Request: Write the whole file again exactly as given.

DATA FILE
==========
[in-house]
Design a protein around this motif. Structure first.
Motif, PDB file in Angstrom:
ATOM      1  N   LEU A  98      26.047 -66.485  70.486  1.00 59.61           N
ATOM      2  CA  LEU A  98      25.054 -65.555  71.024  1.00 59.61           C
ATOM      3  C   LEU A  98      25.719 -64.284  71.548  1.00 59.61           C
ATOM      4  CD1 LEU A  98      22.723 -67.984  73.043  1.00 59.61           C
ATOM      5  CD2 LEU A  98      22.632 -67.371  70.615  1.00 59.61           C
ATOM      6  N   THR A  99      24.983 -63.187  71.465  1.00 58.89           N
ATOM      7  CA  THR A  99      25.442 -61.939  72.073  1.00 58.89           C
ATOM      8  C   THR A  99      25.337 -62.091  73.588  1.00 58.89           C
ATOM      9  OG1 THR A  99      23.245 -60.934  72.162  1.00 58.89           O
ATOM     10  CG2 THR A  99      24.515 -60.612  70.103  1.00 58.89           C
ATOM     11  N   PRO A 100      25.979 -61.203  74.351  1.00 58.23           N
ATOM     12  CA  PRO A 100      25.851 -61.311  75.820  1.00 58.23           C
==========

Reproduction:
[in-house]
Design a protein around this motif. Structure first.
Motif, PDB file in Angstrom:
ATOM      1  N   LEU A  98      26.047 -66.485  70.486  1.00 59.61           N
ATOM      2  CA  LEU A  98      25.054 -65.555  71.024  1.00 59.61           C
ATOM      3  C   LEU A  98      25.719 -64.284  71.548  1.00 59.61           C
ATOM      4  CD1 LEU A  98      22.723 -67.984  73.043  1.00 59.61           C
ATOM      5  CD2 LEU A  98      22.632 -67.371  70.615  1.00 59.61           C
ATOM      6  N   THR A  99      24.983 -63.187  71.465  1.00 58.89           N
ATOM      7  CA  THR A  99      25.442 -61.939  72.073  1.00 58.89           C
ATOM      8  C   THR A  99      25.337 -62.091  73.588  1.00 58.89           C
ATOM      9  OG1 THR A  99      23.245 -60.934  72.162  1.00 58.89           O
ATOM     10  CG2 THR A  99      24.515 -60.612  70.103  1.00 58.89           C
ATOM     11  N   PRO A 100      25.979 -61.203  74.351  1.00 58.23           N
ATOM     12  CA  PRO A 100      25.851 -61.311  75.820  1.00 58.23           C